But at some point, Reynolds' fans started to turn on him.  The movies kept coming, but people stopped going.  It's possible this turn can be traced back to 1981's SHARKY'S MACHINE, which he also directed.  A dark, melancholy modern film noir about Atlanta vice cops taking down a drug kingpin and one (Reynolds) falling in love with a high-class hooker (Rachel Ward), SHARKY'S MACHINE is, in some ways, a more focused, fully-realized version of HUSTLE, but it was expertly directed (with a legendary Dar Robinson stunt fall in the climax) and featured Reynolds' best performance since DELIVERANCE.  But critics weren't buying it and while it did OK in theaters, it wasn't the Burt that people wanted.  By Christmas 1981, people wanted the funny Burt.  They wanted car chases and wisecracks and the signature Burt laugh.  Reynolds didn't laugh much in SHARKY'S MACHINE, and his fans didn't want to see him as a lonely, sad-sack cop pining for a prostitute who's under the thumb of a sleazy crime lord (Vittorio Gassman).  Reynolds has only directed a handful of films, but as a filmmaker, SHARKY'S MACHINE is his masterpiece.  It's a great film that's only gotten better with age and in a perfect world, it would've done for him what UNFORGIVEN did for Clint Eastwood and established him as a serious artist.  By the time SHARKY'S MACHINE hit theaters, THE BEST LITTLE WHOREHOUSE IN TEXAS was already in the can, but after that, Reynolds just started coasting.  He gave his fans what they wanted to the point where they didn't want it, or him, anymore.  In retrospect, it almost seems like his heart was broken after the cold response SHARKY'S MACHINE got.  Even its own studio seems to have forgotten about it:  Warner released it in a now out-of-print, VHS quality fullscreen DVD in the early days of the format.  There's been talk of a Warner Archive upgrade, but thus far, it hasn't happened.  At 76, Reynolds is still with us and in good health.  It's a mystery why there hasn't been a SHARKY'S MACHINE special edition with a Reynolds commentary.  Maybe they're not interested.  Maybe he doesn't want to talk about it.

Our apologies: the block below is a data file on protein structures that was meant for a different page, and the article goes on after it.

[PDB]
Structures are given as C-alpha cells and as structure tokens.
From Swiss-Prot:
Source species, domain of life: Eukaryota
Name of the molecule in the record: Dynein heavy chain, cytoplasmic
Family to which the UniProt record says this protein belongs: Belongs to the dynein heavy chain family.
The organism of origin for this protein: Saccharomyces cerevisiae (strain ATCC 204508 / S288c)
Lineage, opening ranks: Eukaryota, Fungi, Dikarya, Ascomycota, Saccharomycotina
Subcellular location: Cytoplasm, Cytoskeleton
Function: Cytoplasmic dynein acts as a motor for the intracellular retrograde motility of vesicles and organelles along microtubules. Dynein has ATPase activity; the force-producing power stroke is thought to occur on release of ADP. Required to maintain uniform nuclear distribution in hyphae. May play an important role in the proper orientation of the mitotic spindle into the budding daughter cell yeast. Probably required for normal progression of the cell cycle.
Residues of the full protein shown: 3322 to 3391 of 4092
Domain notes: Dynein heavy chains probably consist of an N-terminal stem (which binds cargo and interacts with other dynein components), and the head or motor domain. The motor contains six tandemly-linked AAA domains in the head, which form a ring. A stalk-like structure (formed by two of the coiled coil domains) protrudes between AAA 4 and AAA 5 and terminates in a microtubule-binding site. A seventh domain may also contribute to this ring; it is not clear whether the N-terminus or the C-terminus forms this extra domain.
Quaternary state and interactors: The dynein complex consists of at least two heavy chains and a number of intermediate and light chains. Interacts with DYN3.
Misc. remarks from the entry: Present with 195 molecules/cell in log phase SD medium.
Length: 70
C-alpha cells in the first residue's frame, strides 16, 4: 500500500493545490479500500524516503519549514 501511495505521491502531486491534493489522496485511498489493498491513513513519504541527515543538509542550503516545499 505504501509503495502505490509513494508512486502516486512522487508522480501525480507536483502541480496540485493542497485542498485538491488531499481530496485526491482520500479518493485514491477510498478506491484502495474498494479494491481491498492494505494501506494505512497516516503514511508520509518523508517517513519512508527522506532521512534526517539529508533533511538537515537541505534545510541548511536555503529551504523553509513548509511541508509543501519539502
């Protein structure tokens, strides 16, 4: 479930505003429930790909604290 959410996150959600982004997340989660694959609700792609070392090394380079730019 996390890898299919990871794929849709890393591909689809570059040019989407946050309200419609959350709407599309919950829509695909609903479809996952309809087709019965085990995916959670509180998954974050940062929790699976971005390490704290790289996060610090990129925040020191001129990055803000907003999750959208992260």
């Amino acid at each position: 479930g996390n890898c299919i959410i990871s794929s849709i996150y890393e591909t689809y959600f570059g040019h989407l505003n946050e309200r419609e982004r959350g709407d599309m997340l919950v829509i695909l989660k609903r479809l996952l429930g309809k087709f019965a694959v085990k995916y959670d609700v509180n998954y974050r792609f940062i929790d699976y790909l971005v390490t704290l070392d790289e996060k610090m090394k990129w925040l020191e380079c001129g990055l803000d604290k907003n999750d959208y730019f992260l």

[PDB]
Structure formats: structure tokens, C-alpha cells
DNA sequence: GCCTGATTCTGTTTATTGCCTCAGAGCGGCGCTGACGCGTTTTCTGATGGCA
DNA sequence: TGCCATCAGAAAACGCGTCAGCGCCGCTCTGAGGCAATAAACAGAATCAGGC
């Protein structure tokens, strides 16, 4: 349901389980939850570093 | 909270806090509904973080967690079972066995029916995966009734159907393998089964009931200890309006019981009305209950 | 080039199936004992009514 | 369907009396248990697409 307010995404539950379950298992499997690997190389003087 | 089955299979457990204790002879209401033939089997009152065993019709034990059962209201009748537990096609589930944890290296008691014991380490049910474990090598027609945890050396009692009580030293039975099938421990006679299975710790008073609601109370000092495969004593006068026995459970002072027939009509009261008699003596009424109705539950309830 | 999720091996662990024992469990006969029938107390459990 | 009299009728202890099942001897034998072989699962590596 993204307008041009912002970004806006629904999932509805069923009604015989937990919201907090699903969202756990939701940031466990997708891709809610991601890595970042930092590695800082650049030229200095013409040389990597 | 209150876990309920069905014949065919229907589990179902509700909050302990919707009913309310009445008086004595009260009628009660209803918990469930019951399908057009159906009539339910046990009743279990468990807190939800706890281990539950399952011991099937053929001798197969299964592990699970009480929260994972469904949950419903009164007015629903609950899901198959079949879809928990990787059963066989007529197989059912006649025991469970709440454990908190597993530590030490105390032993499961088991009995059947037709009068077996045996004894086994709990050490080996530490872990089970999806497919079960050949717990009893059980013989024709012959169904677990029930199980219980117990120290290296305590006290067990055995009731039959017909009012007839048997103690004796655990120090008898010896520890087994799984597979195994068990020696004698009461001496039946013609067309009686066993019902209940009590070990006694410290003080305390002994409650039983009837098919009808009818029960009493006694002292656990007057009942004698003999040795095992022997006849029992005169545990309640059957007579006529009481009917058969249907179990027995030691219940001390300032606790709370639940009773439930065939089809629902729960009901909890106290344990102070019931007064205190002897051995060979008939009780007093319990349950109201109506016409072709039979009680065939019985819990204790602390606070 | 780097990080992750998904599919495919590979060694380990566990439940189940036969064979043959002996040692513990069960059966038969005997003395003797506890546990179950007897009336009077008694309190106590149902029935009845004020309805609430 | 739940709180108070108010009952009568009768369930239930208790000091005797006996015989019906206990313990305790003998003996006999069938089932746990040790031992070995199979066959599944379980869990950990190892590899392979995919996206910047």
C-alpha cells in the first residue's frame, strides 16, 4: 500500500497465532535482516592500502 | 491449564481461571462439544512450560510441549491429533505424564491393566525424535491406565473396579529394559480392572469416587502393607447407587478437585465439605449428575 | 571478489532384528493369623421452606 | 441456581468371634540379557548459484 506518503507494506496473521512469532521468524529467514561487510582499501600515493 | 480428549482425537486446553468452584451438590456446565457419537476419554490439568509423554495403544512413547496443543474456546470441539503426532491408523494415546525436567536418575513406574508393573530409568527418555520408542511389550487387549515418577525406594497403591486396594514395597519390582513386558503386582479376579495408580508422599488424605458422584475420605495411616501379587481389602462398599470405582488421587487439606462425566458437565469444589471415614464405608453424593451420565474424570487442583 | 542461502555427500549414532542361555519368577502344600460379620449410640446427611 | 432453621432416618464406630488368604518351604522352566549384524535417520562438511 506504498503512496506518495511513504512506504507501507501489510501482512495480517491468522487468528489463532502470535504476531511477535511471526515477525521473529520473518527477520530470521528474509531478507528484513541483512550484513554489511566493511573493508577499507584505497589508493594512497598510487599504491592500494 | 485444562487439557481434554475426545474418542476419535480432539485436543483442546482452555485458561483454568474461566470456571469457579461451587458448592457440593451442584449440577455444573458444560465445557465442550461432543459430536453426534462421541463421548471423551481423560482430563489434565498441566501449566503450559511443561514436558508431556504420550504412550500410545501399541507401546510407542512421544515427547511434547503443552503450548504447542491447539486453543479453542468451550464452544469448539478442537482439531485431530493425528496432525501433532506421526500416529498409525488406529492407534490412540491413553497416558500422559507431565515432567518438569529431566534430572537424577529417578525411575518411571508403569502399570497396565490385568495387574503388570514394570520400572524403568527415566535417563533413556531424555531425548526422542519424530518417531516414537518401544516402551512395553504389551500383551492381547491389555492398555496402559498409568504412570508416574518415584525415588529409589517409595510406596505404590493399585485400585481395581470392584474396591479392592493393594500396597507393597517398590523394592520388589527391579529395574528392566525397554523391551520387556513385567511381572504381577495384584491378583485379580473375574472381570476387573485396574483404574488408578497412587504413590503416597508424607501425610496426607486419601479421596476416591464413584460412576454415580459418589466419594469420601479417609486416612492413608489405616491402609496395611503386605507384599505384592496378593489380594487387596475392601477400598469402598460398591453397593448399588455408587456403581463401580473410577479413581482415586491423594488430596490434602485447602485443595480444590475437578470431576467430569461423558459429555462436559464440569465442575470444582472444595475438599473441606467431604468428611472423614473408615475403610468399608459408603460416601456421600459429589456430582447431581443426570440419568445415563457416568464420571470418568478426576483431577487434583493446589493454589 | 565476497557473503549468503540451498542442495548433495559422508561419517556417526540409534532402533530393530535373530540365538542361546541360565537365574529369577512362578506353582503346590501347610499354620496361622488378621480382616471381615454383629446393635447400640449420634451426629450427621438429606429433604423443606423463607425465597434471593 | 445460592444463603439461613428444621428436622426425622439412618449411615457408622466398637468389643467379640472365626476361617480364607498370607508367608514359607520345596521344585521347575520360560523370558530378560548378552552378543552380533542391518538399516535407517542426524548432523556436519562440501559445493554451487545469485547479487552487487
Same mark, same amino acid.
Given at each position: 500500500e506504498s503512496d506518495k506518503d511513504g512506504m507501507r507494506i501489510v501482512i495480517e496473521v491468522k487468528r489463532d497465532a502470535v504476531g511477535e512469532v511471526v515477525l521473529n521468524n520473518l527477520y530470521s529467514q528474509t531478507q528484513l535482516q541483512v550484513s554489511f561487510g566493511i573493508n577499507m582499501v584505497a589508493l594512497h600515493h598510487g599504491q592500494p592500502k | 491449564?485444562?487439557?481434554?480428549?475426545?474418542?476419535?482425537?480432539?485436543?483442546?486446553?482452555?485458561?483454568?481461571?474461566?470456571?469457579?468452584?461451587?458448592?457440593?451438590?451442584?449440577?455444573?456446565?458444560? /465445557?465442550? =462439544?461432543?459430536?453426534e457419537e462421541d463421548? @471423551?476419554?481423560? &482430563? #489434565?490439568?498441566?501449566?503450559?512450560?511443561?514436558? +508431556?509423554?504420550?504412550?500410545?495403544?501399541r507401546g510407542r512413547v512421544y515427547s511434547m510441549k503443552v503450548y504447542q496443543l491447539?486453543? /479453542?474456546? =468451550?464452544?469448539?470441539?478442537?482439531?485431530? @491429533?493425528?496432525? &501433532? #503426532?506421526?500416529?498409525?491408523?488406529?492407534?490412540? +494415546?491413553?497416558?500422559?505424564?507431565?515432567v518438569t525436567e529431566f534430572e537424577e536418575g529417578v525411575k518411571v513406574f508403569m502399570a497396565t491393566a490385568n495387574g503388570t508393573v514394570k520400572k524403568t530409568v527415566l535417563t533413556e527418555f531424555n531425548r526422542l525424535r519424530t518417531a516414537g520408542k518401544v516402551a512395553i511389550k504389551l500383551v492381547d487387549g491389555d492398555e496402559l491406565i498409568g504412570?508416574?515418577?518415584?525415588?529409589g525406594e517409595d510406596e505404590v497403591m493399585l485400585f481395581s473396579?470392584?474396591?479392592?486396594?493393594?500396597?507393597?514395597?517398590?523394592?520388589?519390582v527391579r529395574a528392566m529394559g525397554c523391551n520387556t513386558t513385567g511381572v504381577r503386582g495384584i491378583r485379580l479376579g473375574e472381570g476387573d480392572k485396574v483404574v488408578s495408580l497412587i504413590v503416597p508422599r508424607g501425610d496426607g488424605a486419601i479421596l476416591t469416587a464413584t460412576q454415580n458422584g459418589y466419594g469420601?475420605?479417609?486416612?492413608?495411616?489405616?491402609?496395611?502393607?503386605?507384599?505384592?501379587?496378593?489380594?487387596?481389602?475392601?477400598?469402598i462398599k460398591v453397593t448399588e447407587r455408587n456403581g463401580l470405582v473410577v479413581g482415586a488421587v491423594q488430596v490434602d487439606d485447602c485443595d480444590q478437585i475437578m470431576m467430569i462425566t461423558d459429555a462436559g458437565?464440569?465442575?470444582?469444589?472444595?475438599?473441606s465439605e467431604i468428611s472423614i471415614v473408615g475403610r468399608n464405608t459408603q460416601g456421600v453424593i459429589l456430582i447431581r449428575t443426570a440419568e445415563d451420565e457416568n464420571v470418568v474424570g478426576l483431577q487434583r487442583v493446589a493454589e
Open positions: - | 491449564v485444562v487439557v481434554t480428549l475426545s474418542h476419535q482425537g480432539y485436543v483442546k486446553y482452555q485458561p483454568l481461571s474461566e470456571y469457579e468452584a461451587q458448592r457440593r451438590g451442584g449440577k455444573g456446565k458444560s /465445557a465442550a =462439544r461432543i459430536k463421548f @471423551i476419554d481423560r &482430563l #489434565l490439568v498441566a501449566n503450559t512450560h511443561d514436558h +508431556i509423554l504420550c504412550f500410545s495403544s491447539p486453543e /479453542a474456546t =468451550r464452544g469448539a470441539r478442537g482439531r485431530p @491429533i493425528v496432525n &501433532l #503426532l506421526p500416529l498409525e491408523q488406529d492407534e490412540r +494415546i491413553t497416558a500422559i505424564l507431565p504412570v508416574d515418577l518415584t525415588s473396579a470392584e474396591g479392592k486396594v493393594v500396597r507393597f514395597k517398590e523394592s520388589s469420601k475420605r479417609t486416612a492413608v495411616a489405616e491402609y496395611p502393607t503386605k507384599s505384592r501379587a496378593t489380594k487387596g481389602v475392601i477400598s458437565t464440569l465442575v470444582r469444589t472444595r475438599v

Starting in 1983, Reynolds' credits just become ghastly:  nobody went to see Blake Edwards' THE MAN WHO LOVED WOMEN.  STROKER ACE (1983) and CANNONBALL RUN II (1984) are generally regarded as the two worst films from his heyday.  His seemingly can't-miss pairing with Clint Eastwood on 1984's CITY HEAT was a major disappointment for both actors, and a nightmare for Reynolds after a stunt gone wrong (Reynolds was hit in the face with a real chair instead of a breakaway prop one) resulted in his jaw being shattered, and a liquid diet caused an alarming drop in weight, which then led to AIDS rumors in tabloids and throughout Hollywood.  He directed and starred in 1985's box office dud STICK, which was shot before CITY HEAT, and as a result of his jaw injury and subsequent painkiller addiction, Reynolds was offscreen until 1987's troubled HEAT (which went through three directors, including one who got into an on-set altercation with Reynolds), but by then, his audience moved on.  In four years, he went from the biggest movie star in the world to has-been punchline.  HEAT bombed, as did MALONE later that year, and RENT-A-COP and SWITCHING CHANNELS (both 1988) and PHYSICAL EVIDENCE (1989).  1989's BREAKING IN was a low-budget indie that got Reynolds his best reviews in years, and he had a small-screen comeback with TV series like B.L. STRYKER and the popular EVENING SHADE.  Bankruptcy and a highly-publicized divorce from Loni Anderson constantly kept him in the tabloids.  Approaching 60, Reynolds slowly mounted a comeback as a character actor and got an Oscar nomination for his brilliant performance as porn filmmaker Jack Horner in 1997's BOOGIE NIGHTS.  A few decent roles came after that, but it still didn't lead to the career rebirth one would expect, or that Reynolds was likely anticipating.  Other than occasional TV guest spots on BURN NOTICE and ARCHER, he usually only appears in straight-to-DVD garbage, including an obligatory appearance in an Uwe Boll film.